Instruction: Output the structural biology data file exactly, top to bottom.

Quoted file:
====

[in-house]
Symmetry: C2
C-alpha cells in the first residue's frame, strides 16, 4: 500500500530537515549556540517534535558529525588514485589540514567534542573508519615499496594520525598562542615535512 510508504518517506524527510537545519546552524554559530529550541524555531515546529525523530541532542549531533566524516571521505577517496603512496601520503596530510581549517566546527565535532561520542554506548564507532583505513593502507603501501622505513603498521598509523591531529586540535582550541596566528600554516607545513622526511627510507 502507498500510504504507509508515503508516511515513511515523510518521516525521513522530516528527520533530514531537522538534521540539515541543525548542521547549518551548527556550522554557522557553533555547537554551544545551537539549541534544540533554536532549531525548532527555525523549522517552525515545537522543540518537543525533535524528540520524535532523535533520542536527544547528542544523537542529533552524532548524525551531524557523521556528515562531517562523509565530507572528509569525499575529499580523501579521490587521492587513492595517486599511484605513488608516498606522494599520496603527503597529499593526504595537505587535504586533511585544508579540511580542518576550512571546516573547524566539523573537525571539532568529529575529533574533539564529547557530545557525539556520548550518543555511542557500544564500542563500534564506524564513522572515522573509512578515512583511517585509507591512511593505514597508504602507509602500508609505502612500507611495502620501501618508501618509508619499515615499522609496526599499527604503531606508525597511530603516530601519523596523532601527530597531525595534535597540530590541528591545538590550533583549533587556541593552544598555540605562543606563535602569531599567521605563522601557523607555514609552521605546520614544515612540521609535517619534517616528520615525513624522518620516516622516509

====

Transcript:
[in-house]
Symmetry: C2
C-alpha cells in the first residue's frame, strides 16, 4: 500500500530537515549556540517534535558529525588514485589540514567534542573508519615499496594520525598562542615535512 510508504518517506524527510537545519546552524554559530529550541524555531515546529525523530541532542549531533566524516571521505577517496603512496601520503596530510581549517566546527565535532561520542554506548564507532583505513593502507603501501622505513603498521598509523591531529586540535582550541596566528600554516607545513622526511627510507 502507498500510504504507509508515503508516511515513511515523510518521516525521513522530516528527520533530514531537522538534521540539515541543525548542521547549518551548527556550522554557522557553533555547537554551544545551537539549541534544540533554536532549531525548532527555525523549522517552525515545537522543540518537543525533535524528540520524535532523535533520542536527544547528542544523537542529533552524532548524525551531524557523521556528515562531517562523509565530507572528509569525499575529499580523501579521490587521492587513492595517486599511484605513488608516498606522494599520496603527503597529499593526504595537505587535504586533511585544508579540511580542518576550512571546516573547524566539523573537525571539532568529529575529533574533539564529547557530545557525539556520548550518543555511542557500544564500542563500534564506524564513522572515522573509512578515512583511517585509507591512511593505514597508504602507509602500508609505502612500507611495502620501501618508501618509508619499515615499522609496526599499527604503531606508525597511530603516530601519523596523532601527530597531525595534535597540530590541528591545538590550533583549533587556541593552544598555540605562543606563535602569531599567521605563522601557523607555514609552521605546520614544515612540521609535517619534517616528520615525513624522518620516516622516509